Brianne Costa | April 20, 2016
We’ve talked a lot on the blog about the different types of simulation apps that you can build. But did you know that you can create an app that plays sounds? The Organ Pipe Designer allows users to investigate the parameters behind an organ pipe configuration and then play the resulting sounds to really see — and hear — a design in action. Let’s learn more about the physics behind our underlying model and its transformation into an easy-to-use app.
Peng-Chhay Ung | April 11, 2016
Radiators, refrigerators, and geothermal pumps all need to efficiently extract heat from one fluid to another without mixing them. Among all of the different heat exchanger designs, finned pipes aim to increase the exchange surface between the content of a pipe and the exterior using fins. Finned pipes usually show a geometrical periodicity along the length, which we will take advantage of in this demo app to reduce computational costs.
Caty Fairclough | March 31, 2016
Two professional chefs stand in a classroom, closely observing a soft-boiled egg. What may initially sound like a cooking class is actually part of a physics course offered at the Technische Universiteit Eindhoven (TU/e) in the Netherlands. Using COMSOL Multiphysics, students are investigating the science behind cooking the perfect soft-boiled egg. See how this innovative blend of simulation research and food science is teaching students how to build and test models.
Caty Fairclough | March 21, 2016
When designing tall, slender truss towers topped with heavy loads, engineers may want to account for buckling. This requires calculating the critical compressive load of the structure at hand. Simulation is a time- and cost-efficient way to generate such results. Now, with simulation apps, this process is becoming even faster. Those without simulation expertise can easily run their own tests to calculate the critical compressive load for different truss tower configurations.
Amlan Barua | March 9, 2016
Pressure vessels are designed to confine liquids or gases. These containers are used in nuclear plants, throughout the chemical and petroleum industries, and even as water heaters in homes. In principle, the vessels’ internal pressure is much higher (or sometimes lower) than the ambient pressure, so the vessels must be carefully designed, as failure can result in severe damage. Today, we’ll show you how to use the Application Builder in COMSOL Multiphysics to create an efficient and accurate design workflow.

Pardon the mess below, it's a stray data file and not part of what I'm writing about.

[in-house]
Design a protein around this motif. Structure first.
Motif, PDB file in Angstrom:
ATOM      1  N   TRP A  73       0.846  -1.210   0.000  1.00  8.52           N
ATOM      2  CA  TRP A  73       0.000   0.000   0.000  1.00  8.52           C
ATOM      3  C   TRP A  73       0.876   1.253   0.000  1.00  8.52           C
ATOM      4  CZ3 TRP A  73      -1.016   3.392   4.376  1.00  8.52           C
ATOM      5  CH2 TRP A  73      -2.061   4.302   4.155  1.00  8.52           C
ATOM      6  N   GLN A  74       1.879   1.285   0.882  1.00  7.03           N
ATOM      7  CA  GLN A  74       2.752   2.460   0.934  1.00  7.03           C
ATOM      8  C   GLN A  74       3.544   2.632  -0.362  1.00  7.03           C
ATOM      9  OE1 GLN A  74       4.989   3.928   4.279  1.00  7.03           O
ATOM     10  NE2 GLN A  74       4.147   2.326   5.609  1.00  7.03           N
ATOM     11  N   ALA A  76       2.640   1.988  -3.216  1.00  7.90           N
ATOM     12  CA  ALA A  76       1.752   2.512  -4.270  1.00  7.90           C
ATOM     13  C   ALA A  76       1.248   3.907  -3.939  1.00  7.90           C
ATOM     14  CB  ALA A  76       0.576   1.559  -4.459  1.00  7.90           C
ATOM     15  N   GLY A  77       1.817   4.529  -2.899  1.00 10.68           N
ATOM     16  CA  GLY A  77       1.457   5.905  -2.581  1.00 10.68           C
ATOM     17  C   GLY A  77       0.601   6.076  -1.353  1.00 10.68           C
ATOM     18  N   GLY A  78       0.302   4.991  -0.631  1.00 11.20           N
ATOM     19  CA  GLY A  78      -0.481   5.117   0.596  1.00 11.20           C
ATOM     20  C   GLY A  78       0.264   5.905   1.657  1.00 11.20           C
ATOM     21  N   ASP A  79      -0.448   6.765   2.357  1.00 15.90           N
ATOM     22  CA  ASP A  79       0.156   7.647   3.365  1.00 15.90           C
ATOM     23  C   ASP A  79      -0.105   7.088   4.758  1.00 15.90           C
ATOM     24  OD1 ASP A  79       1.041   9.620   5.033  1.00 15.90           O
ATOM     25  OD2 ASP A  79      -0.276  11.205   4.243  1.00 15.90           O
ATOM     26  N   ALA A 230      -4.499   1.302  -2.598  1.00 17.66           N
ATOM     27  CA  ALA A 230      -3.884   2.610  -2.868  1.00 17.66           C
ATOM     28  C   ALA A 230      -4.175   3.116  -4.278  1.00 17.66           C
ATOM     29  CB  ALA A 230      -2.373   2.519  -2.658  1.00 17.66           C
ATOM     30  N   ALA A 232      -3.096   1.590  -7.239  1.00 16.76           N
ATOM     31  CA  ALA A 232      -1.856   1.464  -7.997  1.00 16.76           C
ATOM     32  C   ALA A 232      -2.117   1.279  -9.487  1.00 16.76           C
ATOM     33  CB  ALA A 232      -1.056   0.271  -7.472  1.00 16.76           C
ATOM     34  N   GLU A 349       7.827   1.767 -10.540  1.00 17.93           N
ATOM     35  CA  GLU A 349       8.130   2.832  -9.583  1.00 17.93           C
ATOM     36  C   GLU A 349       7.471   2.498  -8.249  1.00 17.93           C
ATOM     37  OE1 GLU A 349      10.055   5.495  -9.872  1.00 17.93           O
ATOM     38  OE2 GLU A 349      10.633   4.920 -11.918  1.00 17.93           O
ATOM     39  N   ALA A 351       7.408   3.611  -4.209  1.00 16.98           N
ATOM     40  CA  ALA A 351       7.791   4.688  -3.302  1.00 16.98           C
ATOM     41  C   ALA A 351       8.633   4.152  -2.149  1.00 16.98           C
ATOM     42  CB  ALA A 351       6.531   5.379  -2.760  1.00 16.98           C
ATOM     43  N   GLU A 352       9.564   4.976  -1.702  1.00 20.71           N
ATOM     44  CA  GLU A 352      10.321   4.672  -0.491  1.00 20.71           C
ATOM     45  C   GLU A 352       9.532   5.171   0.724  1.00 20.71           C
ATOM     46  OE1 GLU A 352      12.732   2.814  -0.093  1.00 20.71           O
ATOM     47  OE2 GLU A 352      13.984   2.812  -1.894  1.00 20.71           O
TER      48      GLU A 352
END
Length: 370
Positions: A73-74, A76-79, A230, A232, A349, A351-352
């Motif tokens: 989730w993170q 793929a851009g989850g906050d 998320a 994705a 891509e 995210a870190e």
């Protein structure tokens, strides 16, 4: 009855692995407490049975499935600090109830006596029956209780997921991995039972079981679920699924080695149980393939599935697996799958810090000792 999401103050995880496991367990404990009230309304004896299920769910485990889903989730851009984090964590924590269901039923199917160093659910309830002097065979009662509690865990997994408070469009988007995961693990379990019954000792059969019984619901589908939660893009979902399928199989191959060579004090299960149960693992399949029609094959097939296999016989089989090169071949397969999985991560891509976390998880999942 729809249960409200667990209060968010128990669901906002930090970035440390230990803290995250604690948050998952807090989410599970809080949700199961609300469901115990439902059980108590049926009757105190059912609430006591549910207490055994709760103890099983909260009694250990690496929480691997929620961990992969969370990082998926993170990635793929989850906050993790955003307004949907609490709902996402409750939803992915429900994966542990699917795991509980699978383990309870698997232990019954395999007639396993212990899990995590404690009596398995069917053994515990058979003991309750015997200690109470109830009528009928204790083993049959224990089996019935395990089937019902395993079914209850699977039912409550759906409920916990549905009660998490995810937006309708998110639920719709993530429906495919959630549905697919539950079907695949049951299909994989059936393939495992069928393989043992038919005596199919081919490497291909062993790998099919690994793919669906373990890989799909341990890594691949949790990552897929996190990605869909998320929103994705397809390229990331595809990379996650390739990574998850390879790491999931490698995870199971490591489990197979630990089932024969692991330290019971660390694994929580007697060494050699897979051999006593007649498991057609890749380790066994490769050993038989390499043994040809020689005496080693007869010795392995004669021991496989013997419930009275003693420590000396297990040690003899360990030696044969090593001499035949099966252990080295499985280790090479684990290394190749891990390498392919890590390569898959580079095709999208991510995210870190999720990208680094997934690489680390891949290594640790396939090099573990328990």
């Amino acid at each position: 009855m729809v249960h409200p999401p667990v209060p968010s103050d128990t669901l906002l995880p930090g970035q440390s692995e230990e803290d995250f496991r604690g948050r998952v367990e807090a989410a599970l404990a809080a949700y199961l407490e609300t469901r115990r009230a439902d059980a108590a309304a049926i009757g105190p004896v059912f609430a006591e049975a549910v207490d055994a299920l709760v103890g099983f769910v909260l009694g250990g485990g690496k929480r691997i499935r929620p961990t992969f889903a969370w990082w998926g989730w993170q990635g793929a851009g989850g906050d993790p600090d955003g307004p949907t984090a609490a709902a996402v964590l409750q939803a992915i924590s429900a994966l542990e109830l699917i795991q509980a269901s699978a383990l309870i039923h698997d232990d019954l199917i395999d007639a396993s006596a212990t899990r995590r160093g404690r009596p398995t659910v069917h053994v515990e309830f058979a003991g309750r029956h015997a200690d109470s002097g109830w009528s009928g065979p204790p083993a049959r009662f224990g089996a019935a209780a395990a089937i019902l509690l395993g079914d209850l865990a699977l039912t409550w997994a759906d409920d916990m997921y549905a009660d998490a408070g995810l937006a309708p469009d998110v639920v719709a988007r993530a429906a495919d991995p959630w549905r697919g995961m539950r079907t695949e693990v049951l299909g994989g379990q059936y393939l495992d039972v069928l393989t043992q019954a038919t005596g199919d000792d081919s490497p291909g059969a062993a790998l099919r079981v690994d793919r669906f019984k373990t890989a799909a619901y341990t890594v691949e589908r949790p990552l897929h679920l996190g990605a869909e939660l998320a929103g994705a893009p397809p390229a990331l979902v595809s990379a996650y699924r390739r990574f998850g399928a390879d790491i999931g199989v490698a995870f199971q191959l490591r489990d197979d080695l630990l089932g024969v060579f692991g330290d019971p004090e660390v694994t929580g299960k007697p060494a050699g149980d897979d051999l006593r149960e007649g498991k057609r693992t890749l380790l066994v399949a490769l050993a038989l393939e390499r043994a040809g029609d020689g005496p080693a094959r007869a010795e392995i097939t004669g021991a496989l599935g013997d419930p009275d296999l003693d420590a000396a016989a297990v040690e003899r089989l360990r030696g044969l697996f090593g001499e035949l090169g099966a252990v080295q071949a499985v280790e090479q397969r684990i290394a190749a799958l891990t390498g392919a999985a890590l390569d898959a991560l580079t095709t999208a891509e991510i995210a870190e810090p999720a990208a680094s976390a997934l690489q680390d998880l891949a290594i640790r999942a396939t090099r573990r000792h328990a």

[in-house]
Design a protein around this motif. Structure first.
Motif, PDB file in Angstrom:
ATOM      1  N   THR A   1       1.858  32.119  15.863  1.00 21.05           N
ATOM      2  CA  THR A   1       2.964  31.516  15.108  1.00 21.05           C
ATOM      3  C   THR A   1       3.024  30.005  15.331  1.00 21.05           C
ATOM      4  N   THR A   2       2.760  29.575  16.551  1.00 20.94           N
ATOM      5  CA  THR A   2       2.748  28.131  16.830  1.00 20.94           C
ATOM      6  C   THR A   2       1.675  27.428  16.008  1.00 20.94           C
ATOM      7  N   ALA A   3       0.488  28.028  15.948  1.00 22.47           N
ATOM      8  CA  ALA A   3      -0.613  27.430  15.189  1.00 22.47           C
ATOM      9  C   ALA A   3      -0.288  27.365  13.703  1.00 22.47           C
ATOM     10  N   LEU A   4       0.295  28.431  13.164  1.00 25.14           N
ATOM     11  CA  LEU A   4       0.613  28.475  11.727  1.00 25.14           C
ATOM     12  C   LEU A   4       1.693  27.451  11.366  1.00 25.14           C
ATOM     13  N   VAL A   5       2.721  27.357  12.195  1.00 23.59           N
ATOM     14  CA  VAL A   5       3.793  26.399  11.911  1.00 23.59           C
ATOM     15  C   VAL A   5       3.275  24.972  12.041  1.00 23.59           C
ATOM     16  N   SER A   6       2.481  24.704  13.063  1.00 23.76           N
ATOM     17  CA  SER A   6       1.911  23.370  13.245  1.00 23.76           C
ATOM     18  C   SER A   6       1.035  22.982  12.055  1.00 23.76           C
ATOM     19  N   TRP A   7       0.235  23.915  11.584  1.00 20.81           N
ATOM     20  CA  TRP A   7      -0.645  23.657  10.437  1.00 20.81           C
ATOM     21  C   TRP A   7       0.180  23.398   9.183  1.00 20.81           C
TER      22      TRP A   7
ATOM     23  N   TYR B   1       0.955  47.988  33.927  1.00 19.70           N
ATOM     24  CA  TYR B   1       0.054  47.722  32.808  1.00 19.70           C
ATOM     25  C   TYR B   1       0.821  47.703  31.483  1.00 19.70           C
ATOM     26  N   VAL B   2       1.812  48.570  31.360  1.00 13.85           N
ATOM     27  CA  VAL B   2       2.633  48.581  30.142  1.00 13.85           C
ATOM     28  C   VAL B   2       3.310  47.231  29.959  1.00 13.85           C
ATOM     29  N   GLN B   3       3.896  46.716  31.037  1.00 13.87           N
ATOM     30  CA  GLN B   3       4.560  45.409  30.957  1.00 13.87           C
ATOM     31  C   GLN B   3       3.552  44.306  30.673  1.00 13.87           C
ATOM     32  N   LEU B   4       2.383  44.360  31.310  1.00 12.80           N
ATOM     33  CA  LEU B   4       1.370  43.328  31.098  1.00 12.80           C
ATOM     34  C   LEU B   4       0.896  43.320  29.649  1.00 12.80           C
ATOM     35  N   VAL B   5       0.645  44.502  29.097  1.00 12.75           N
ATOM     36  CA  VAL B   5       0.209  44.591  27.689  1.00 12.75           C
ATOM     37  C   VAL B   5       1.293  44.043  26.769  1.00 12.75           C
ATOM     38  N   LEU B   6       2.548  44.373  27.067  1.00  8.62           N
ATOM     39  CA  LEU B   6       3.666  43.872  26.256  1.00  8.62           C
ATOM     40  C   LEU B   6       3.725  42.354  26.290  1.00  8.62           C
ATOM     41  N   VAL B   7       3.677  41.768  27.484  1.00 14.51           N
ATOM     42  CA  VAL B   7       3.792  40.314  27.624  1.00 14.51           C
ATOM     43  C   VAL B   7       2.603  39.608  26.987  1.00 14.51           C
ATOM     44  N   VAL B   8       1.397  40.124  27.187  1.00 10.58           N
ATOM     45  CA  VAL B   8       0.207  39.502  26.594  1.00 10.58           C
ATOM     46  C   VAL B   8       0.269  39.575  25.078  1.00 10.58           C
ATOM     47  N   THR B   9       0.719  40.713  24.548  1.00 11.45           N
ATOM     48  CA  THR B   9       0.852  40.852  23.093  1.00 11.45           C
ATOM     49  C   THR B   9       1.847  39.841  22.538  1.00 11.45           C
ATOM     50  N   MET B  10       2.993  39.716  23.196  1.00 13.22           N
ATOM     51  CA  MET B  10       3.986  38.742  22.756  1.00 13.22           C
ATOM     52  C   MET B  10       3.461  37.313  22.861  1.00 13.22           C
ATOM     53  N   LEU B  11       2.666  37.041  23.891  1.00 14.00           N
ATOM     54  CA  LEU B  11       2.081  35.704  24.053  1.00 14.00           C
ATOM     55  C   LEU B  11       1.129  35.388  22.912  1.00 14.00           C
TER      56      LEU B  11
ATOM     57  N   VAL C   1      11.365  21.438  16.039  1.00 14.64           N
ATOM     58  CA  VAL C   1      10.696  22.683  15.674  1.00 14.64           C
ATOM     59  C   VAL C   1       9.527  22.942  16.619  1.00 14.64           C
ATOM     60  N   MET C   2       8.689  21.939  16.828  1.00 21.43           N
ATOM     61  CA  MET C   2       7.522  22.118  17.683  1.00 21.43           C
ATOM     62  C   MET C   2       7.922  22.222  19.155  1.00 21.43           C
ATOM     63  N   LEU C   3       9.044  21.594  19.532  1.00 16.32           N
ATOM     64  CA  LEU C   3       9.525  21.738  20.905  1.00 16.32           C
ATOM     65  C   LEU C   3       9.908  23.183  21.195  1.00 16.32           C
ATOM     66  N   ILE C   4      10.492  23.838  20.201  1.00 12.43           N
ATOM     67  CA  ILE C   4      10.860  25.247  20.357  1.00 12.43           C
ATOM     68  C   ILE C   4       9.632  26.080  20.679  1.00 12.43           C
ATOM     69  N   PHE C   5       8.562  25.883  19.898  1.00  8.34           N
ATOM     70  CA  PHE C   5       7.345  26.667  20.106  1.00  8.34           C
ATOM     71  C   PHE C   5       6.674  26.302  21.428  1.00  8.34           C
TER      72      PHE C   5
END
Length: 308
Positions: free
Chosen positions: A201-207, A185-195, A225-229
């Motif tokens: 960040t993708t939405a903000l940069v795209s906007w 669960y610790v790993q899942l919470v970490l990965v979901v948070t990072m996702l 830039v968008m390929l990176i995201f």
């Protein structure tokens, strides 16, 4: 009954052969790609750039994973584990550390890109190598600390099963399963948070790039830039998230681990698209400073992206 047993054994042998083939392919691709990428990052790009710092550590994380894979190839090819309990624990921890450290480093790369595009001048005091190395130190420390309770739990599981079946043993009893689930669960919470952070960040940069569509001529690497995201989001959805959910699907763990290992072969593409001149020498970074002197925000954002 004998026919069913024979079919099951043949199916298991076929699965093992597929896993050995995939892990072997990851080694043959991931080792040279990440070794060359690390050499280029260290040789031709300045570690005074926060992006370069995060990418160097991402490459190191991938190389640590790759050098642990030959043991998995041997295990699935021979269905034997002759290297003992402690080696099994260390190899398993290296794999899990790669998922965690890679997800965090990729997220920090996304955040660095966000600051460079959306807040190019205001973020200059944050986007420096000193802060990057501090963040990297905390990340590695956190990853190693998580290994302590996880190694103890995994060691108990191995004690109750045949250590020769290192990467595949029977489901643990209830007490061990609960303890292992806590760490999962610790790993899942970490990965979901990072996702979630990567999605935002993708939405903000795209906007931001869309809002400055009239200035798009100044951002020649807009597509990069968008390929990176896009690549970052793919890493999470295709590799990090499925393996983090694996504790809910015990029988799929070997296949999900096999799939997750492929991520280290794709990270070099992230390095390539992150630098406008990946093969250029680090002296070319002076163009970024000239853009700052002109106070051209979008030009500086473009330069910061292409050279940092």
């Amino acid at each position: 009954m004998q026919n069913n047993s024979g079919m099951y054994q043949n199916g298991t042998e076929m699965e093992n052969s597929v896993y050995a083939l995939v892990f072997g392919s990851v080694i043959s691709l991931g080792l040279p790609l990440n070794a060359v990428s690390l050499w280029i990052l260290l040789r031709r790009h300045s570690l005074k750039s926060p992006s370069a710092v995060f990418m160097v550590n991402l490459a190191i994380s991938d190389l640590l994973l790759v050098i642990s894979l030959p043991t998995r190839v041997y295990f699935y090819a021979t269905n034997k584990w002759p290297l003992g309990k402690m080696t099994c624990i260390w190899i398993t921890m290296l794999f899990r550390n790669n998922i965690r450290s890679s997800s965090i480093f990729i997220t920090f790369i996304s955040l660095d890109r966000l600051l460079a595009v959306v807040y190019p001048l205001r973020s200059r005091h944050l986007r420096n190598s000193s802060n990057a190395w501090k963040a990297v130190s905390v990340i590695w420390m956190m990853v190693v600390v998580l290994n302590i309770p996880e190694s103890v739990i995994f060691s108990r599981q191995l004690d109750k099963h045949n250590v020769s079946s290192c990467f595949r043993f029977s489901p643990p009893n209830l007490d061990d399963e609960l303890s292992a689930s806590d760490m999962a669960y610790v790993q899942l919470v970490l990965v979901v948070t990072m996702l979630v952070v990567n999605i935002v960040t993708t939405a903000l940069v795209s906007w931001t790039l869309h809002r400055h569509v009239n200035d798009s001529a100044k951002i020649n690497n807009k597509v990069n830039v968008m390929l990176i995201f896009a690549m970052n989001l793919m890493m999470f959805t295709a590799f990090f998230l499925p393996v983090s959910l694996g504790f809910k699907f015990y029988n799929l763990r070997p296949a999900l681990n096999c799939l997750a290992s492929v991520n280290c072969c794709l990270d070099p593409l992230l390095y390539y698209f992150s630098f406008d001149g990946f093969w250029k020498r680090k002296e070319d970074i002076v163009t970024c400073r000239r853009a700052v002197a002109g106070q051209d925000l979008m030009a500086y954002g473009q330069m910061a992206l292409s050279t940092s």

Linus Fagerberg | February 24, 2016
Today, guest blogger Linus Fagerberg of Lightness by Design, a COMSOL Certified Consultant, shares how multiphysics simulation provides accuracy in automotive muffler design. The acoustic design of mufflers in the automotive industry has traditionally been performed by an iterative process where different alternatives are compared by experimental methods until a satisfactory design is found. Numerical simulation can drastically reduce a project’s time and expenses, while simultaneously increasing the performance of the muffler.
Alfred Svobodnik | April 4, 2016
Today, we welcome Managing Director Dr. Alfred J. Svobodnik of Konzept-X GmbH, a COMSOL Certified Consultant and developer of multidisciplinary virtually optimized industrial design technology (M-voiD® technology). MP3 players, smartphones, and tablets allow us to listen to our favorite music almost everywhere. While driving in a car, we should also enjoy the highest sound quality. Learn how to use simulation to reproduce sound in one of the most difficult environments — a vehicle — to design better automotive sound systems.
Walter Frei | March 30, 2016
Whenever solid materials are heated enough, they will melt and then vaporize to a gas. Certain materials will even go directly from the solid to the gas phase, a process referred to as sublimation or ablation. If the material is heated strongly enough, there will be significant material removal. Today, we will look at how you can model this process in COMSOL Multiphysics.
Linus Andersson | March 15, 2016
Over the 10th through 18th centuries, the sound holes in violins evolved from a circular shape to an elongated f shape. In a recent research paper, MIT scientists and violin makers from the North Bennet Street School in Boston investigated the effects of this change in shape. They suggest that the f-shaped holes increase the air flow, making the bass notes of the violin twice as loud. Today, we will reproduce their findings with COMSOL Multiphysics.
Mehrzad Tabatabaian | February 29, 2016
Continuing his discussion of simulation apps, guest blogger Mehrzad Tabatabaian presents an app that he designed to study transient heat transfer in a nonprismatic fin. In earlier blog post, I spoke about my new book, COMSOL5 for Engineers, a resource designed to inspire and guide the creation of COMSOL models and simulation apps. Today, I’ll share a model with you that I created to analyze transient heat transfer in a fin as well as its corresponding app.
Caty Fairclough | February 16, 2016
By design, façades are meant to be visually appealing. Aesthetics, however, aren’t the only concern. It is also important to consider elements such as stability, efficiency, and comfort. Engineers at Newtecnic use COMSOL Multiphysics to strike this balance, creating façades that are both eye‐catching and functional.